Oct 9, 2020

TAHSN Statement on Anti-Racism

Students, Faculty & Staff, Inclusion & Diversity, Education, Partnerships
campus and University Ave.

Last week, Joyce Echaquan recorded her shocking treatment during the last hours of her life. In response to pleas of pain, her symptoms were dismissed and she was subjected to racist language and behaviour by those whose job it was to care for her. Ms. Echaquan was a member of the Atikamekw Nation of Manawan; her family and community are now pleading for immediate action to address the neglect and blatant anti-Indigenous racism which she and many others have faced. 

As current and future health care providers, educators, researchers, administrators, and leaders, we share the profound sadness of Ms. Echaquan’s family and decry the ongoing racism experienced by Indigenous people in healthcare. We also acknowledge that racism in health care similarly affects Black people. Individual actions by health care providers are a symptom of systemic racism.  We know that anti-Black and anti-Indigenous racism towards patients, colleagues and learners occurs in our own institutions, and we are committed to its eradication. 

We recognize the need to create sustainable structures that ensure meaningful accountability within our institutions when these incidents occur as well as consequences for those who perpetuate racism.  Furthermore, we will expand anti-racist education in our learning, research and clinical spaces and focus on cultural safety for Black and Indigenous learners across our institutions. Lastly, we know that our work must be guided by Indigenous and Black communities—including individual learners, patients and community leaders - to determine the solutions that will improve both their health care and their wellbeing.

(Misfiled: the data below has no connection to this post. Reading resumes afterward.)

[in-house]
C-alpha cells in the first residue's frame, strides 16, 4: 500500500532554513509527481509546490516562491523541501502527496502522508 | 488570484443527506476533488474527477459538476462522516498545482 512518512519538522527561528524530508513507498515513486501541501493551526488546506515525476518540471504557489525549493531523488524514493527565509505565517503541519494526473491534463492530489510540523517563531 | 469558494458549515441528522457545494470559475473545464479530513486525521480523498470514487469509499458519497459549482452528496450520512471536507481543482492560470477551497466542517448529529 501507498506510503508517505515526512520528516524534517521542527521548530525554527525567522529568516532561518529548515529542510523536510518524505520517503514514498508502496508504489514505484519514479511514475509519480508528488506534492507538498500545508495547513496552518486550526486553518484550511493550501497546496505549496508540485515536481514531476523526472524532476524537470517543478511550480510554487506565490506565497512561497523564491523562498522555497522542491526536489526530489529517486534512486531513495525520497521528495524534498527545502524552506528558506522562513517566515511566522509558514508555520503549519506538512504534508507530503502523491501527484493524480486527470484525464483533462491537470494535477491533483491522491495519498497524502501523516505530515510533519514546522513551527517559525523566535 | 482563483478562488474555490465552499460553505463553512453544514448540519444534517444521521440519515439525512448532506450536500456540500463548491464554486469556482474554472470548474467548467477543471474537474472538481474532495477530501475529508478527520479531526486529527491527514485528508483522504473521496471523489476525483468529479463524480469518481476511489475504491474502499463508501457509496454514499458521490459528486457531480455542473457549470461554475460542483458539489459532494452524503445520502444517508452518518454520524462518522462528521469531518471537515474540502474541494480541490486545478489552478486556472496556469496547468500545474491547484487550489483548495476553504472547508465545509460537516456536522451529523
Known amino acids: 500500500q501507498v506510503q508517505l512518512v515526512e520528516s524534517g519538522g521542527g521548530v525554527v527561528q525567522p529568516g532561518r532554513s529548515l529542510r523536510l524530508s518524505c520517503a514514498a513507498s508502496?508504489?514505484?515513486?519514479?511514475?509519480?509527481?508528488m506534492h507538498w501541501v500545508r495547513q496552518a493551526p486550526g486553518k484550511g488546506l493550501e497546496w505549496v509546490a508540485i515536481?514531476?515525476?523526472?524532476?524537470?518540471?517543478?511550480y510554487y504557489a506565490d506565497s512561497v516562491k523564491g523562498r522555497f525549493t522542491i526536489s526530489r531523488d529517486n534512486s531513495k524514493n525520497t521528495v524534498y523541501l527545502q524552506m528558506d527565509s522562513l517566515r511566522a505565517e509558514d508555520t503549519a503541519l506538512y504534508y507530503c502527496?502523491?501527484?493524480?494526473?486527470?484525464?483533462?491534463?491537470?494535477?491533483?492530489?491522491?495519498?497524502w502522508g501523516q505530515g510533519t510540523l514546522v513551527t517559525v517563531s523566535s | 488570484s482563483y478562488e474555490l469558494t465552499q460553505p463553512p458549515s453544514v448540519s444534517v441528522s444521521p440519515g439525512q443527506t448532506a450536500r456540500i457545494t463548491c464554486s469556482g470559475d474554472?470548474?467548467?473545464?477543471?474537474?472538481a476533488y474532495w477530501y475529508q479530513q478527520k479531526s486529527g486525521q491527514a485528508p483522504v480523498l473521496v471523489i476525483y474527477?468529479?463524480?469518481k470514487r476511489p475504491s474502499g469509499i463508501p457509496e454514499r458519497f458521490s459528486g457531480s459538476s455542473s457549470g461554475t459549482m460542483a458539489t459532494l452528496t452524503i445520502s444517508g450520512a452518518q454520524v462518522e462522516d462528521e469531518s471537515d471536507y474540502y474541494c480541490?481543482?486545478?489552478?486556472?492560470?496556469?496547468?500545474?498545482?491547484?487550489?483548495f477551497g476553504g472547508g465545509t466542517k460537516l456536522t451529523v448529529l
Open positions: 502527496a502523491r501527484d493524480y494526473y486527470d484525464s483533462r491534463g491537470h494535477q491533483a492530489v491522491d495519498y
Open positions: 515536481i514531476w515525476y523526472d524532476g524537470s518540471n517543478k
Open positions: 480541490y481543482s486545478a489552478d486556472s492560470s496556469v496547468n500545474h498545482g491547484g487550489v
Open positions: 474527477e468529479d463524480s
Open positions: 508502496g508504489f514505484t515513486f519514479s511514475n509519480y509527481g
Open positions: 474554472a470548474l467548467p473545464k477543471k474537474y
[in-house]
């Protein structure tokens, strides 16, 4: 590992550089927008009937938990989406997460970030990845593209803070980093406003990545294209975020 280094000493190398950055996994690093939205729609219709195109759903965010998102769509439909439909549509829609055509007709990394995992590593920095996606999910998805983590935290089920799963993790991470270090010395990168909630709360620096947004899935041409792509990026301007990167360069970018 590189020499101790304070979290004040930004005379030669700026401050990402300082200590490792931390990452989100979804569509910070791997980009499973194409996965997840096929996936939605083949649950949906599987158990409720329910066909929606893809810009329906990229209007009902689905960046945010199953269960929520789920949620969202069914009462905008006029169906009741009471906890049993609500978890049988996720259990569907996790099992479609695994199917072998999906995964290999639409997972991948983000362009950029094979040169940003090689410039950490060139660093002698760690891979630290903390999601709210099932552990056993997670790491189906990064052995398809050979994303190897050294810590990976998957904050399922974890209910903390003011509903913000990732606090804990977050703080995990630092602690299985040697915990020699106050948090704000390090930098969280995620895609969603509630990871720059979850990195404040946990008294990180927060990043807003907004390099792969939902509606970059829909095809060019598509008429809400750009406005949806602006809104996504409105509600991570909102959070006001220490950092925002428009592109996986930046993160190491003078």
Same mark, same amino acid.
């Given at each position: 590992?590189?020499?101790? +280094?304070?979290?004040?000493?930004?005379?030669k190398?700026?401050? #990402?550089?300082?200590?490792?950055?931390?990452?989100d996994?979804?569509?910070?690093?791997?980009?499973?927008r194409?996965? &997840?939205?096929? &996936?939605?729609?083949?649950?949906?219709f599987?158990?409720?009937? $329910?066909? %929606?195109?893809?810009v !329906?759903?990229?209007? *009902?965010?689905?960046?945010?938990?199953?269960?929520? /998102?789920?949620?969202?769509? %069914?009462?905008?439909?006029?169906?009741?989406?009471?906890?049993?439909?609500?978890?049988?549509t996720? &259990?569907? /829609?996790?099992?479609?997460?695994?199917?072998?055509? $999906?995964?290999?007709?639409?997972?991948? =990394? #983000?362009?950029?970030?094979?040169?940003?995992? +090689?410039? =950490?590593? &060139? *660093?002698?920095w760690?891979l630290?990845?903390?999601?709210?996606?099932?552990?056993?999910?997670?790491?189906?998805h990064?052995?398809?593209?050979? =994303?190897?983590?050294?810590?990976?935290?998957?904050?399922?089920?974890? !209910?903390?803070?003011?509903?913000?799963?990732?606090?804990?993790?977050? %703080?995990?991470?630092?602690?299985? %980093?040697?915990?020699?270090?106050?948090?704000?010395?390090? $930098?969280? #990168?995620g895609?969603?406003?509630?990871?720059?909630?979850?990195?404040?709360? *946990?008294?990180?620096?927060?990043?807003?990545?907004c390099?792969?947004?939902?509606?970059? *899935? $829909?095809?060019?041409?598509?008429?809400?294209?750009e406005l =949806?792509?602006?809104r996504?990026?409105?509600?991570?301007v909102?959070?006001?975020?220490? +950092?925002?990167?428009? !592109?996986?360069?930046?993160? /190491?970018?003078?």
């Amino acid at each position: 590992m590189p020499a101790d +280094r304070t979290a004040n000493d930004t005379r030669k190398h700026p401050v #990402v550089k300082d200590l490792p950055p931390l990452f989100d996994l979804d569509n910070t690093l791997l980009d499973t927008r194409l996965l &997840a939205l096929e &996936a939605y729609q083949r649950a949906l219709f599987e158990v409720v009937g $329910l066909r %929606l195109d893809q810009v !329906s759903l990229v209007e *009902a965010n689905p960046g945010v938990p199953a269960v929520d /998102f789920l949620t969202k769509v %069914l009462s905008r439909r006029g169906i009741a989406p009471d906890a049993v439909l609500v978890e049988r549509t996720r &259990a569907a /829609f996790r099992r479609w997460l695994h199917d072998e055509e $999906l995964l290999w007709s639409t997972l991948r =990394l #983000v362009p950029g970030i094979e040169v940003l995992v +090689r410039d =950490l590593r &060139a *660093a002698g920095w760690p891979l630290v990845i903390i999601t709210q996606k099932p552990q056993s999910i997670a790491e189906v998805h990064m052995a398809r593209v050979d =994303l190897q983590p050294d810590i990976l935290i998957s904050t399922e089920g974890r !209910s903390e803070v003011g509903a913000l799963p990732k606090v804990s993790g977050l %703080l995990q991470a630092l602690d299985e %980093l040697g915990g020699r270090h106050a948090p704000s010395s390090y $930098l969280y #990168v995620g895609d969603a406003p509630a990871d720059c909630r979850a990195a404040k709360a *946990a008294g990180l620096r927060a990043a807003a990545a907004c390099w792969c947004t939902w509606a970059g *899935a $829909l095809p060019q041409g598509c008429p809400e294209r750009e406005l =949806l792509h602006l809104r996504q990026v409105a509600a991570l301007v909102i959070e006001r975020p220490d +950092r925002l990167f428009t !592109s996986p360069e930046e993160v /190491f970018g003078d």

We are committed to deliberate and urgent action across the Toronto Academic Health Sciences Network (TAHSN).  Over the next few months, the TAHSN Anti-Black and Anti-Indigenous Racism Steering Committee will bring forward recommendations for meaningful, action oriented initiatives that will advance the goal of ending racism in our institutions.


Ronald Cohn
President and CEO
Hospital for Sick Children

Michelle DiEmanuele
President and CEO
Trillium Health Partners

Sarah Downey
President and CEO
Michael Garron Hospital

Julia Hanigsberg
President and CEO
Holland Bloorview Kids Rehabilitation Hospital

Heather McPherson
President and CEO
Women’s College Hospital

Gary Newton
President and CEO
Sinai Health

Karyn Popovich
President and CEO
North York General Hospital

William Reichman
President and CEO

Tim Rutledge
President and CEO
Unity Health Toronto

Andy Smith
President and CEO
Sunnybrook Health Sciences Centre

Kevin Smith
President and CEO
University Health Network

Trevor Young
Dean, Temerty Faculty of Medicine and Vice Provost, Relations with Health Care Institutions
University of Toronto

Catherine Zahn
President and CEO
Centre for Addiction and Mental Health


About the Toronto Academic Health Science Network (TAHSN)
The Toronto Academic Health Science Network is comprised of the University of Toronto and 12 affiliated academic hospitals, each of which hold national and international standing as leaders in their particular fields.